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Lubbock High School Class of 1954

Hi-D-Ho and Coach Pat

 


Where is Everybody?


Etter’s Rebel


Didn’t Etter’s have topless skaters?



Aerial view of Etter’s Rebel


Coach Pat Pattison


Coach C. R. “Pat” Pattison Head Football Coach 1948-1953
1951 & 1952 4A Texas State Champions, 3 District 1AAAA Champions,
29 consecutive wins 1951, 1952, 1953

(Back left, Head Basketball Coach David Cook, youngest coach to win 4A State Basketball Championship, 1951)


 Lubbock Avalanche Journal August 1953


 

Prior to 1953 football season


Westerner World October 4, 1951


Westerner World December 20, 1951


University of Houston on

Lyle Harger


 Lubbock Avalanche Journal circa 1999

e
  completely destroyed to make room for a Lubbock National Bank drive-through facility and parking location.


Courtesy of Bobby Rodgers




 


One of the many tree-lined, paved streets in the city of Lubbock.
Lubbock has 797 blocks of street paving, totaling 67 miles.
Lubbock is truly a city beautiful.



ELEVEN CLEAN-UP TROPHIES
For eleven consecutive years Lubbock has won first place as the “cleanest city in Texas” in the annual contest sponsored by the National Clean Up and Paint Up Campaign Bureau, Washington, D. C.



GREENACRES
One of several housing projects financed and built by Lubbock citizens. Over 300 modern residences were constructed for national defense purposes in Lubbock. In addition, 3,365 new residences were built in Lubbock from January 1, 1937, to December 31, 1942.



HUB HOMES
A low cost housing project, providing 130 living units of from three to six rooms each.



STREET SCENE
Note the width of this street. All business streets in Lubbock are from 75 to 100 feet wide.



HOTEL LUBBOCK
A modern 11-story, 350 room hotel.



HILTON HOTEL
A modern, 12 story, 200 room hotel.
Four other first class hotels, with nine smaller hotels and 18 motor courts provide ample hotel accommodations.



LUBBOCK NATIONAL BANK
One of Lubbock’s modern office buildings.



LUBBOCK HAS 11 MODERN THEATRES



LUBBOCK HIGH SCHOOL
The Lubbock public school system has 42 1-2 units of affiliation with the State Department of Education and is a member of the Southern Association of Accredited Schools.  In addition to the $650,000 high school building on the opposite page, the city has thirteen ward school buildings to care for the junior high and grade schools.



TEXAS TECHNOLOGICAL COLLEGE – AIR VIEW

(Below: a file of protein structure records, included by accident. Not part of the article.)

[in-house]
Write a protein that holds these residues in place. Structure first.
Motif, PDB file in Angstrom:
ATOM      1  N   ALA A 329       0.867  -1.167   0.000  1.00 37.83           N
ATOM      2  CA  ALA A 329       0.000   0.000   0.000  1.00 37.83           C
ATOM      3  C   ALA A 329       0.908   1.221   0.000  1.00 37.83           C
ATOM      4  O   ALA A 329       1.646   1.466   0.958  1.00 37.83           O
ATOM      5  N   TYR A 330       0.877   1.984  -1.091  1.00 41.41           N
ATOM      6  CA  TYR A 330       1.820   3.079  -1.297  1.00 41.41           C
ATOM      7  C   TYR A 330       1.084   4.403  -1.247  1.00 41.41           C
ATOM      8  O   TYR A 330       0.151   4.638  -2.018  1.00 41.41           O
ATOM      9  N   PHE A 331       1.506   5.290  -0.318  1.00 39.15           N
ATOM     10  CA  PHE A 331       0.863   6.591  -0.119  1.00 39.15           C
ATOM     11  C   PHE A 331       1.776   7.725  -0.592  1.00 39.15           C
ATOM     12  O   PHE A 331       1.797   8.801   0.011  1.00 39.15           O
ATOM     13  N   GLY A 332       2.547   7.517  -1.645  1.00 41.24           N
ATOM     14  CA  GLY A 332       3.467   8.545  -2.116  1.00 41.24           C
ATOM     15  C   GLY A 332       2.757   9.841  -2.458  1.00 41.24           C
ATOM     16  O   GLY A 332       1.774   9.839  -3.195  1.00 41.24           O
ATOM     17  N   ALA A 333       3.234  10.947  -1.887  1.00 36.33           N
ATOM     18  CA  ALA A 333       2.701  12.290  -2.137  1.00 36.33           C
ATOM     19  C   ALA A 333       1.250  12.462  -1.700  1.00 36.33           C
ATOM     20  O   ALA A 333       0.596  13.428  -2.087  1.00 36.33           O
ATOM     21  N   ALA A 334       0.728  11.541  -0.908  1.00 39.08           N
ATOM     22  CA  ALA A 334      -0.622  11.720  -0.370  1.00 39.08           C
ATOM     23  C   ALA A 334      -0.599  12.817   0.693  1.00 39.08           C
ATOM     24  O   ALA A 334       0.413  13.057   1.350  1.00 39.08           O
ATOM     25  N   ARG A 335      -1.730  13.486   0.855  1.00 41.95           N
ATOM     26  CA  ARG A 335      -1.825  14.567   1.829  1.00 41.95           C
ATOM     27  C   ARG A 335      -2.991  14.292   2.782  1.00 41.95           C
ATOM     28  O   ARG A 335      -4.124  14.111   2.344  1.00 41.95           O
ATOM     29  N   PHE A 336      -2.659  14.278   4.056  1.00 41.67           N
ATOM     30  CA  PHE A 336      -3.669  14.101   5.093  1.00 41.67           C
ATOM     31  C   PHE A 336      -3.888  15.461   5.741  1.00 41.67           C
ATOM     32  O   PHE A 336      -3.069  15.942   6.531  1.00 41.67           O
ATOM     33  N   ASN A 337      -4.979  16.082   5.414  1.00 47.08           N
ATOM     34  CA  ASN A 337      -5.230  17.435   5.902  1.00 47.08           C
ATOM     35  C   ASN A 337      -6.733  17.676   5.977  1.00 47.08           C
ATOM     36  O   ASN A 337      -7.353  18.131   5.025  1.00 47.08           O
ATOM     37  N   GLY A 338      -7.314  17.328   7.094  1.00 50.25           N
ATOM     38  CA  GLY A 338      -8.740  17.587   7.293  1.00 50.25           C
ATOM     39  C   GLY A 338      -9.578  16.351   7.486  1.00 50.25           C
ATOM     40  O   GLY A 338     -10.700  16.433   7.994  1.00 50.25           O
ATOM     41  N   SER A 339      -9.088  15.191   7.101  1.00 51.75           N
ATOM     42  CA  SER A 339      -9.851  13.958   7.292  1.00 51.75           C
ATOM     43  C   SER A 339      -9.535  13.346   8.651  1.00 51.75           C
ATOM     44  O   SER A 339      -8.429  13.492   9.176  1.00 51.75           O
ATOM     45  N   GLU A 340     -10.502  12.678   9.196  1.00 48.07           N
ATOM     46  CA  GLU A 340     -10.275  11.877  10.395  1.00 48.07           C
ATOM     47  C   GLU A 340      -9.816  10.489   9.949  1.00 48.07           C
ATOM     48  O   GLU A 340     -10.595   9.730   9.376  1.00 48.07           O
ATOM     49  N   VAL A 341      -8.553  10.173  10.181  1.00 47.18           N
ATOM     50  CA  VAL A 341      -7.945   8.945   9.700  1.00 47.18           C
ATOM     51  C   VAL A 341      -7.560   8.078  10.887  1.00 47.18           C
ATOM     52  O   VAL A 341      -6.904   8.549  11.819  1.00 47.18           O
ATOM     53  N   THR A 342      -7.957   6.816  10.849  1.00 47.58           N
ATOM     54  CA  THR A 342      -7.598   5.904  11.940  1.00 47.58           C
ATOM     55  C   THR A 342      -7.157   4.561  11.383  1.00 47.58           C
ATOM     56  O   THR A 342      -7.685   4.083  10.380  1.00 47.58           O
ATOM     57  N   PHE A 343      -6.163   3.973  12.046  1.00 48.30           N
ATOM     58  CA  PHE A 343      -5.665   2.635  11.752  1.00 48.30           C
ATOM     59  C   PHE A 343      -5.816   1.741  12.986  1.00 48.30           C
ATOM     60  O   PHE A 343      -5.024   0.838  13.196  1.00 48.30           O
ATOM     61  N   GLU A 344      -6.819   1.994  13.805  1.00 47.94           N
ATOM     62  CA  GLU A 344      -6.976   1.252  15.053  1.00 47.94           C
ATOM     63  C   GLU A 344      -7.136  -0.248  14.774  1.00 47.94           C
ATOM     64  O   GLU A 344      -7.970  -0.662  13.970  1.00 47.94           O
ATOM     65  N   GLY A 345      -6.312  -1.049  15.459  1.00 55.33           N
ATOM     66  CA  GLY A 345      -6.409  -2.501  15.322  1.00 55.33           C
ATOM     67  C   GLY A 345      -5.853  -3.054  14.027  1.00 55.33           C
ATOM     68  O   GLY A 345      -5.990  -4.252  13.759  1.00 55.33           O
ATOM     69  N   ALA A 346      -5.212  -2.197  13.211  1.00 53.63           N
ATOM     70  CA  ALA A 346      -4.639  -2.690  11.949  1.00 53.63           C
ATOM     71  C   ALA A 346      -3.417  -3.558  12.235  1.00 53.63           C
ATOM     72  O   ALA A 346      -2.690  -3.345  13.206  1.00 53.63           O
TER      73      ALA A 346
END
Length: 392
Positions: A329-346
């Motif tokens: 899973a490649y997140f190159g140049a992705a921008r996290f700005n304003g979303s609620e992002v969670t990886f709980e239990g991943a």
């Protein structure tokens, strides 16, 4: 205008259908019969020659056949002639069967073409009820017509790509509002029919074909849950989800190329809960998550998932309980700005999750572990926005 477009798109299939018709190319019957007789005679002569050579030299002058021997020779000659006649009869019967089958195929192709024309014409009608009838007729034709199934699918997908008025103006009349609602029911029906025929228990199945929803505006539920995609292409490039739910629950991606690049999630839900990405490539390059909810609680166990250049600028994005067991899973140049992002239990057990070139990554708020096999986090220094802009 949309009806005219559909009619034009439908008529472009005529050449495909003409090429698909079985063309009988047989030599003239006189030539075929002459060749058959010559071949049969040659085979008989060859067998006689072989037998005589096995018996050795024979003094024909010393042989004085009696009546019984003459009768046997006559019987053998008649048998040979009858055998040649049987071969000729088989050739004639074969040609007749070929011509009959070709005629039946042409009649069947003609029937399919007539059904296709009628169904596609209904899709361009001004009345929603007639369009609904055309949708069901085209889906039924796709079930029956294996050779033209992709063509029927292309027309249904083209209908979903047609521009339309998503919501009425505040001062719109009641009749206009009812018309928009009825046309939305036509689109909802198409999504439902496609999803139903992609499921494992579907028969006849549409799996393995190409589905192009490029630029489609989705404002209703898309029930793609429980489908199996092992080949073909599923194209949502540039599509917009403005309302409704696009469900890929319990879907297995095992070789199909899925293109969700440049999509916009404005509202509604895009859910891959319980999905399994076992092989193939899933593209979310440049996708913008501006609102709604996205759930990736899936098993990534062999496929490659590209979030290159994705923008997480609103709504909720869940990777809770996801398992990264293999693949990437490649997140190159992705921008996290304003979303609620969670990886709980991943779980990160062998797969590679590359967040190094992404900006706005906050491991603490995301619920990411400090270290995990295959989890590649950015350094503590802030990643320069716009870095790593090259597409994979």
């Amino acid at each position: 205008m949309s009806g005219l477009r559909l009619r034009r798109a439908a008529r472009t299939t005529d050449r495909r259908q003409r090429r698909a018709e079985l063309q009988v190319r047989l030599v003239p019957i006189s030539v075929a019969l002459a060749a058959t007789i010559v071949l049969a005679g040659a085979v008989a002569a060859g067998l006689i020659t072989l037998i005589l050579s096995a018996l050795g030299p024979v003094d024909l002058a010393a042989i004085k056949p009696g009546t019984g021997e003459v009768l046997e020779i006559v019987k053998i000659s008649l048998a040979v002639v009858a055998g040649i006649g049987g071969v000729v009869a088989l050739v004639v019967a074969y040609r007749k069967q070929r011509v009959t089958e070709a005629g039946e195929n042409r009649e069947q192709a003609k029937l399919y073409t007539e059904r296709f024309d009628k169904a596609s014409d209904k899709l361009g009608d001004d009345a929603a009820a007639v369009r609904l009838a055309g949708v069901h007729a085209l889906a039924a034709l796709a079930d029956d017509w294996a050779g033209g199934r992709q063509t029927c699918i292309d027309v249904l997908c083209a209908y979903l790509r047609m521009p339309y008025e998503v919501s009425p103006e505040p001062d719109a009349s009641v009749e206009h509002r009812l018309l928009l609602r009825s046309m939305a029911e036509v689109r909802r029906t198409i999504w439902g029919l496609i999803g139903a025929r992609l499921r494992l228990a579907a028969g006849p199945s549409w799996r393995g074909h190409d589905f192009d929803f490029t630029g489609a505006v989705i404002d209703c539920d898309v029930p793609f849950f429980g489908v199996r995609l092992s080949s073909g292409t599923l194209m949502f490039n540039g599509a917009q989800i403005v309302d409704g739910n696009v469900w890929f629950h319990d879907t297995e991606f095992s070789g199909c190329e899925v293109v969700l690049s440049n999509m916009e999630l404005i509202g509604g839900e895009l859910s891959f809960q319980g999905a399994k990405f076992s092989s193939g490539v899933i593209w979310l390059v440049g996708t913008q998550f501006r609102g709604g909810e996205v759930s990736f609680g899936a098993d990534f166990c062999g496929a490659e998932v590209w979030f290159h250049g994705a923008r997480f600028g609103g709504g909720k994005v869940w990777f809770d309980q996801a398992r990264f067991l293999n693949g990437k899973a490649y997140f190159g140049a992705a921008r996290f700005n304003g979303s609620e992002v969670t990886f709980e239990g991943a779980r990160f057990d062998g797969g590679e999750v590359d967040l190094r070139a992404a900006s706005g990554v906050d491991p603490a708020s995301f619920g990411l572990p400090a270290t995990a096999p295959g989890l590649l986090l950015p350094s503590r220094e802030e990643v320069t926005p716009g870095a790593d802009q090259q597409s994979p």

Texas Technological College is the third largest college in Texas; organized in four divisions:  Agriculture, Engineering, Home Economics, and Art and Sciences; located on 2008 acres of land adjoining the city limits on the west; investment in excess of five million dollars; four modern dormitories with a capacity of 1280 students.


 


ADMINISTRATION BUILDING – TEXAS TECHNOLOGICAL COLLEGE
There are 12 other modern buildings such as this. In addition, there are numerous other buildings on the campus.


 


BOYS DORMITORY – TEXAS TECHNOLOGICAL COLLEGE
One of two modern dormitories for men – each housing 320 students.


 


ENTRANCE TO GIRLS DORMITORY – TEXAS TECHNOLOGICAL COLLEGE
Two modern dormitories for girls house 320 students each.



FIRST METHODIST CHURCH
One of the 51 church buildings in Lubbock. Virtually every denomination of religious worship is represented here.


 


LUBBOCK GENERAL HOSPITAL
Lubbock is the medical center of West Texas and Eastern New Mexico – serving a territory 200 miles east and west and 150 miles north and south.



WEST TEXAS HOSPITAL AND CLINIC



ST. MARY’S HOSPITAL AND PLAINS CLINIC



MACKENZIE STATE PARK ENTRANCE
This park contains 547 acres, and adjoins the city on the north end. In addition, Lubbock has eight city parks, embracing 116 acres, each equipped with playground, picnicking and other recreational facilities, two country clubs with swimming pools, golf courses, club houses and other facilities.


 


LILY POND IN MACKENZIE STATE PARK



PLAYGROUND EQUIPMENT IN ONE OF THE EIGHT CITY PARKS



BUFFALO SPRINGS PARK
Nine miles southeast of Lubbock, off of U. S. Highway No. 84. Two large lakes are the outstanding attraction of this park.  These lakes provide fishing, boating, swimming and other water sports. The park has facilities for picnicking, horseback riding, dancing, summer homes and many other forms of recreation.